The school registrar asks Asher if he plans to go to college. Asher says he will go, and the registrar tells him to take Russian. Asher refuses, but he ends up taking it under the Rebbe’s command. The Rebbe gives him his blessing in his pursuit of art, but warns him that the world will not be kind to him.
Asher travels with Jacob Kahn and his wife to various art exhibits around the country. He goes to college and studies Russian. Anna Schaefer announces that Asher Lev will have his own exhibition in New York, the youngest artist to do so. Asher is elated, and Jacob says that he wishes he could carve the expression on his face. The exhibition is a moderate success, and the critics are kind because of his youth. Jacob goes into a fit of depression when President Kennedy is assassinated. Asher has a second exhibition, which does even better than the first. Asher’s parents return home for good. They move back into their old apartment, and Asher goes home to live with them. He keeps his studio at his uncle’s, however.
(The entire section is 434 words.)
Chapter 12 Summary
When Asher’s parents return from their years of living apart from him in Vienna, they seem to be speaking in a private language to each other. Asher notices the physical changes in his parents, usually for the better. They seem healthier and happier. Mr. Lev reads the reviews of Asher’s work in art magazines. He does not like the one critic who did not like Asher’s paintings. Mr. Lev tells Asher that he has made his parents proud. Mrs. Lev asks when his next exhibition is to be and, more importantly, if there will be nudes. Asher tells her it will be a year from January and there will probably be nudes. Mrs. Lev says that her husband would like to go to his son’s show but will not go if there are nudes. She begins to speak to him of the daughter of a friend, hinting that it is time for Asher to find a wife. Asher dismisses this. In answer to his mother’s questions about his studies, Asher has found that his knowledge of French and Russian has helped him in his reading about art.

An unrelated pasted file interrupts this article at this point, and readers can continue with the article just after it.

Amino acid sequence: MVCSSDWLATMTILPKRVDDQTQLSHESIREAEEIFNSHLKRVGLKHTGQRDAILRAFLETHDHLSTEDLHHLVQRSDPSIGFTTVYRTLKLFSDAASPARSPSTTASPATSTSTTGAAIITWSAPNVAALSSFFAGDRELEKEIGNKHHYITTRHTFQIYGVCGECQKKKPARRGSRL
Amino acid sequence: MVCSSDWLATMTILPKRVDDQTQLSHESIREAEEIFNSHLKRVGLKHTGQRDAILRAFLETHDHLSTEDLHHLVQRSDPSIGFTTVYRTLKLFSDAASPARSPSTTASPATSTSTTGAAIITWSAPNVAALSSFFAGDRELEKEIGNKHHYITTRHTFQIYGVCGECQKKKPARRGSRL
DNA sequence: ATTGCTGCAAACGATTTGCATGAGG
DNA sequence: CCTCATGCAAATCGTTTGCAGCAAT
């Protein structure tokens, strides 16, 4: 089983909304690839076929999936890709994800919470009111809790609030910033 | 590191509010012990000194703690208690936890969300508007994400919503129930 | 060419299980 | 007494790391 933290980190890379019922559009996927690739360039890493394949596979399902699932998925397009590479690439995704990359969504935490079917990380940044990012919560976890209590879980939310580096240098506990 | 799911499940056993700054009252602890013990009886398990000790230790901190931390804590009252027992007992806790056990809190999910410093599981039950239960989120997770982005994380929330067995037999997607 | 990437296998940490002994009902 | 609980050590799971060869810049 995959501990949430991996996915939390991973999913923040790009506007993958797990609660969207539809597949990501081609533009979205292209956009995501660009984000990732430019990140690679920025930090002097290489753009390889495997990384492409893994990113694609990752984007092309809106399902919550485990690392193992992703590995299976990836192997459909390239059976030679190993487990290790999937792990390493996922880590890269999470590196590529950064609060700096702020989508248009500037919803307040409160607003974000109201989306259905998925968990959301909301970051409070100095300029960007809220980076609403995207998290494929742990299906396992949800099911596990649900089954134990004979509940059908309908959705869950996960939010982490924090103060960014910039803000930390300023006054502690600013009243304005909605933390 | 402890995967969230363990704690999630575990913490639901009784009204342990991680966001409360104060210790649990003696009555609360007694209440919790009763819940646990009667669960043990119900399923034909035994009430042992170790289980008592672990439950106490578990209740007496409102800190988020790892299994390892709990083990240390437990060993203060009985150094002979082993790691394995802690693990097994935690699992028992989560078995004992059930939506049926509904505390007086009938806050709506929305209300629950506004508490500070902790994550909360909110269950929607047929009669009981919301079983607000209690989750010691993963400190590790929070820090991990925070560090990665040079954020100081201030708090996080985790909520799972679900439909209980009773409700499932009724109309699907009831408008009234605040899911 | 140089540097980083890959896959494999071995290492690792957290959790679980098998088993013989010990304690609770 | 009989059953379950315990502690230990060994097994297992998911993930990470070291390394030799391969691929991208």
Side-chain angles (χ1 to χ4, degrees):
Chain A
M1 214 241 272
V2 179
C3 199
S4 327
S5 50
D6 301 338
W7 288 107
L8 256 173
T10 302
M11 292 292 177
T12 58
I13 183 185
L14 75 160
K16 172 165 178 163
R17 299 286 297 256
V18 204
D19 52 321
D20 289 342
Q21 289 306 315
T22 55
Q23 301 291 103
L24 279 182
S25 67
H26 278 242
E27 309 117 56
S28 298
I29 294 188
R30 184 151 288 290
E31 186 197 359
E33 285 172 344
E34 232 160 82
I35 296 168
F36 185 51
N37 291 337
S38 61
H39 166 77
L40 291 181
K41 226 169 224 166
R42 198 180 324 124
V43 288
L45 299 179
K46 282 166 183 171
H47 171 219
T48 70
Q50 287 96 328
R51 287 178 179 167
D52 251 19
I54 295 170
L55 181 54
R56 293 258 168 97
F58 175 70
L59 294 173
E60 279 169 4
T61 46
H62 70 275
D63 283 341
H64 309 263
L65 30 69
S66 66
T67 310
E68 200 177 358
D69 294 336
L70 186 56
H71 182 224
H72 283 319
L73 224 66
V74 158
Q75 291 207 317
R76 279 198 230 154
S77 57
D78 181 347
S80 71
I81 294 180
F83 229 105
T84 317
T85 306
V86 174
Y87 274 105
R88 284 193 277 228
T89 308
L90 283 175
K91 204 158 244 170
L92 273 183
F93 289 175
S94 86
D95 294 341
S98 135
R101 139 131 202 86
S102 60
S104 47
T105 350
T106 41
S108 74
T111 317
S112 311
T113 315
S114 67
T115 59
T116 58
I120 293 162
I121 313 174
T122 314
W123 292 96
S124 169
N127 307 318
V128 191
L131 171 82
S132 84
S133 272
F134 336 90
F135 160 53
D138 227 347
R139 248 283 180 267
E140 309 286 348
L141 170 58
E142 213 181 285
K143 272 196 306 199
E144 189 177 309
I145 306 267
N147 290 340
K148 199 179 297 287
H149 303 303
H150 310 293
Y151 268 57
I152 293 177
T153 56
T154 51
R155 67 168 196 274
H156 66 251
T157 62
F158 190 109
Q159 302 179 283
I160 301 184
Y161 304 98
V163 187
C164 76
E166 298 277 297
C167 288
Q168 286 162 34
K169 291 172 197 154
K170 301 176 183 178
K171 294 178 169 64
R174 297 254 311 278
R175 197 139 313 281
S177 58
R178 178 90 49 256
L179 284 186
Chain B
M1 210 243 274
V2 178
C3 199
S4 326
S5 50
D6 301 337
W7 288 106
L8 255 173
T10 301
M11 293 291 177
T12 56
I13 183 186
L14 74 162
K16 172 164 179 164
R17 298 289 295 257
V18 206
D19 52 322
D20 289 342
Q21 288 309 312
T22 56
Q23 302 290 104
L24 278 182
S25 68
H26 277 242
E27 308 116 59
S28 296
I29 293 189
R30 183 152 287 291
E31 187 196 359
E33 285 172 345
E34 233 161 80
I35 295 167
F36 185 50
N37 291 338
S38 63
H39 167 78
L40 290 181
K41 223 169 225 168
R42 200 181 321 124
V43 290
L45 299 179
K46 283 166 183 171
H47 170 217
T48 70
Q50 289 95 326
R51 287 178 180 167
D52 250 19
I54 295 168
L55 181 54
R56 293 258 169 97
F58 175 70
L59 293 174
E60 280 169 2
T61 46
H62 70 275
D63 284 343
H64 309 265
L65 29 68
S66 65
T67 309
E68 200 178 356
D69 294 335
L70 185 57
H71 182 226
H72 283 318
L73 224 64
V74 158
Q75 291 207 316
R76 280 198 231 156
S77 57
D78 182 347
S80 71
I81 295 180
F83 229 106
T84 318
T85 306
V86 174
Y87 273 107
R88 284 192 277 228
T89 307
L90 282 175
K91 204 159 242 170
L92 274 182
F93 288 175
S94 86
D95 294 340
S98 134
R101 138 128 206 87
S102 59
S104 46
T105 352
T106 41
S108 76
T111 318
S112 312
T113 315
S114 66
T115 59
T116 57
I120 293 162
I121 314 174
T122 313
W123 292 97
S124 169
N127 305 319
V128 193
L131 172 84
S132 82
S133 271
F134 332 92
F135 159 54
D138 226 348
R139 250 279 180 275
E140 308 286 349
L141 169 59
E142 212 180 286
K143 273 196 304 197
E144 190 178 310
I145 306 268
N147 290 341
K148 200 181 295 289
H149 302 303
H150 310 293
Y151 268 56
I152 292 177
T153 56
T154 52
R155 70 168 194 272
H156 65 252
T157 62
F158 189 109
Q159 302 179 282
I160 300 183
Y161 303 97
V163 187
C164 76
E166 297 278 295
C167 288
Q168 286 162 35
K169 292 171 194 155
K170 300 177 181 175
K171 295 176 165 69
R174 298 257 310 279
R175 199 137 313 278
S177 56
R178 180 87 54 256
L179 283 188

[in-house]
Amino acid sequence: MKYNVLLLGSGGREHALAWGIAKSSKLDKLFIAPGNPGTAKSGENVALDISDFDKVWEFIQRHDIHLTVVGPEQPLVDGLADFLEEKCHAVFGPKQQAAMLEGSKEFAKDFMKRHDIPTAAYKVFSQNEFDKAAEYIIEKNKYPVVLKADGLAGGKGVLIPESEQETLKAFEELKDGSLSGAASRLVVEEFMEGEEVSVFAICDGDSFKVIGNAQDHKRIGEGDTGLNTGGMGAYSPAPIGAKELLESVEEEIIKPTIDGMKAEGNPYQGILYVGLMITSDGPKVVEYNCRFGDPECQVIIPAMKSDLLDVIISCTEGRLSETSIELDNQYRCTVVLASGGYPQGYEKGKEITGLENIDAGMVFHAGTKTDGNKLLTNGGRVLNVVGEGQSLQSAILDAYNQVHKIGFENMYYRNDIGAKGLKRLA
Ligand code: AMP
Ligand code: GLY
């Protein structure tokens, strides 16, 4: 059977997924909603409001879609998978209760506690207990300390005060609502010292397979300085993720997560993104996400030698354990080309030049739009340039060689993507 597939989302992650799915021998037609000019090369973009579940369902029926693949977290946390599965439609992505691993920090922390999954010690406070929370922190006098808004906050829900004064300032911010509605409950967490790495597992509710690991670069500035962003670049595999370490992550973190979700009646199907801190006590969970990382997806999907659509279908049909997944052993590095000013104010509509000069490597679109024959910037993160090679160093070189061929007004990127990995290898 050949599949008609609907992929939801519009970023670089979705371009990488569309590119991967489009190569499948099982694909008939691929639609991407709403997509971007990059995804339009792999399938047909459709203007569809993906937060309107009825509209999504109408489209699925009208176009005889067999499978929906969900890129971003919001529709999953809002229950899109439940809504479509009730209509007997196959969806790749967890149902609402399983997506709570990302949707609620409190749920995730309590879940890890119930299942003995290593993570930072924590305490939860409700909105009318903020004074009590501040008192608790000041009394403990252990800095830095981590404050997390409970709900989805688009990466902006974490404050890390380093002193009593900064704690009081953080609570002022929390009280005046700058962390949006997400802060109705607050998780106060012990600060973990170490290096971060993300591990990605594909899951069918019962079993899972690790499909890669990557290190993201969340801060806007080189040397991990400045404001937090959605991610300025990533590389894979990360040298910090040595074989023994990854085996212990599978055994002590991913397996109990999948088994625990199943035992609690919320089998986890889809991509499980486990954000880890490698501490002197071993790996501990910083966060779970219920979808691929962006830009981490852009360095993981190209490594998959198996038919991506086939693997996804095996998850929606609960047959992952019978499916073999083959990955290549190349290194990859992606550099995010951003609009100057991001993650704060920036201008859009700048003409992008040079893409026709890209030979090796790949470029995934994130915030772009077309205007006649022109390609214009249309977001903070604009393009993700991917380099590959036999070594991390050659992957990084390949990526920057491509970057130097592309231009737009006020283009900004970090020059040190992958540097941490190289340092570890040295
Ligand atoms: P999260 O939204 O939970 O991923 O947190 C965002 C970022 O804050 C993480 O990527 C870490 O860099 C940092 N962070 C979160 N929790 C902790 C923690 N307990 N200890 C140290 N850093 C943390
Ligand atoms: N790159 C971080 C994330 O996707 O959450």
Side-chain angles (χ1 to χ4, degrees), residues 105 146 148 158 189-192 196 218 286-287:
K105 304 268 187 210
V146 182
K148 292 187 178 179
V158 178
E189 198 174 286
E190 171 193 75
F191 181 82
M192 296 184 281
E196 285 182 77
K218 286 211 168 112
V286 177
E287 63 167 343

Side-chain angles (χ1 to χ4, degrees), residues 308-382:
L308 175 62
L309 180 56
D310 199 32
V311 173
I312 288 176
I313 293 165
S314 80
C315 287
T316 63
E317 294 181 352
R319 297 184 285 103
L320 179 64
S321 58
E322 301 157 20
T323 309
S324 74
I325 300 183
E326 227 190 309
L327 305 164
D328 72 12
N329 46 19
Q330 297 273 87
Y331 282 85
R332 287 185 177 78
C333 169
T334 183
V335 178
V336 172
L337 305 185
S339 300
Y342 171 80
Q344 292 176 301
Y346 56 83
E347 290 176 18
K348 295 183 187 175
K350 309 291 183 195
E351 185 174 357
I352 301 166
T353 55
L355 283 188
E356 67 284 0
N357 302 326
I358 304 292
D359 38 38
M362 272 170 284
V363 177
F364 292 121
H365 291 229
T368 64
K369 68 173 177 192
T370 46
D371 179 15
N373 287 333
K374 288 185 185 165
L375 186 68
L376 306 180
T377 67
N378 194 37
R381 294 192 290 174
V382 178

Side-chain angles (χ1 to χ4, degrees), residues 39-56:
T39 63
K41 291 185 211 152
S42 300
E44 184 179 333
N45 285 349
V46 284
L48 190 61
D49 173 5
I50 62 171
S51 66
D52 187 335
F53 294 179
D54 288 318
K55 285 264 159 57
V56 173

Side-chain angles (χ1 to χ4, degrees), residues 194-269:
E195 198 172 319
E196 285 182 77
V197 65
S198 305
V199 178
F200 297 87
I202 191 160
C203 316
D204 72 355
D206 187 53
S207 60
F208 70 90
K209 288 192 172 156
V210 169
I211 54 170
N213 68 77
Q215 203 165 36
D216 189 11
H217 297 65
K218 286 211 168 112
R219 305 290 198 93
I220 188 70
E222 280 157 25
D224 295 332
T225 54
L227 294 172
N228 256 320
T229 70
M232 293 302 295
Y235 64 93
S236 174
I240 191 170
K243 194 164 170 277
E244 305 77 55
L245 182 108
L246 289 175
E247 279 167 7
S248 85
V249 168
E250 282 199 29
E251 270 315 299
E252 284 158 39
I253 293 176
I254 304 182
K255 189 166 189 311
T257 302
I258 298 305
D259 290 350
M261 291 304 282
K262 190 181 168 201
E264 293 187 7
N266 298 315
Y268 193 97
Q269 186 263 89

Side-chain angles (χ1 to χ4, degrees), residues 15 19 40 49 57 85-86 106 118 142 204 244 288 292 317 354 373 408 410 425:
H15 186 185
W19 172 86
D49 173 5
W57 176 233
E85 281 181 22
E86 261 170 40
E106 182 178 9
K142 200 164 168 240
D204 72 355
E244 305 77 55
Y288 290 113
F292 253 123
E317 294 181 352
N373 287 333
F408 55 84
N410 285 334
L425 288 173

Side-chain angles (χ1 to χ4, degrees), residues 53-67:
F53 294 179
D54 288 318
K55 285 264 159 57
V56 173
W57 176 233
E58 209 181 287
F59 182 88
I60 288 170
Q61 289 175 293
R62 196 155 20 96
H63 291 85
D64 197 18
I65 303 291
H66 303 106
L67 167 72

Mr. Lev asks Asher how he paints. Asher explains that he paints his feelings, not a story. Mr. Lev finds this dangerous. Asher talks to Jacob about his father’s resistance to art. Mr. Lev has a college education and came from a yeshiva, as did Asher, but still has no appreciation for what art can mean. Jacob says Asher is a “freak,” taking from his yeshiva only what did not interfere with his art.
When Mr. Lev learns that Asher travels to other cities to see art exhibits, he asks him to take messages on behalf of the Rebbe. Asher meets people in the airport, hands over the envelope, and leaves. He does not know what the message is. Mr. Lev explains that they are personal messages from the Rebbe and need to be delivered in person.
Mrs. Lev asks Asher several times if there will be nudes at his exhibit. Asher keeps telling her that there will. When the time comes to select which paintings to show, Asher hesitates about the nudes, but Anna and Jacob insist. Mr. and Mrs. Lev do not come to the exhibit. Asher tries to explain that there is a difference between a naked woman and a nude, but Mr. Lev refuses to understand. When Asher graduates with a degree in sociology, he tells his parents that he is going to Europe for the summer, specifically, Florence. They give him the names of people whom they know there. Jacob Kahn tells Asher that Florence is a gift.
(The entire section is 446 words.)
Chapter 13 Summary
In Florence, Asher lives in cramped quarters, taking his meals with a woman recommended by his father. He becomes obsessed with two sculptures: the Pieta (which shows the Virgin Mary holding the crucified Jesus) and David. He begins to draw the Pieta on everything, even the tablecloths of cafes he visits.
A man approaches him one day and asks him to deliver a letter when he goes to Rome. The man is from the Ladover, and the message is for one of the other members. Asher is once again a carrier for the Rebbe. In Rome, he delivers the letter to a bearded man, who runs a yeshiva that was founded by Asher’s father. The two of them have a few conversations about the work of Mr. Lev before Asher leaves Rome.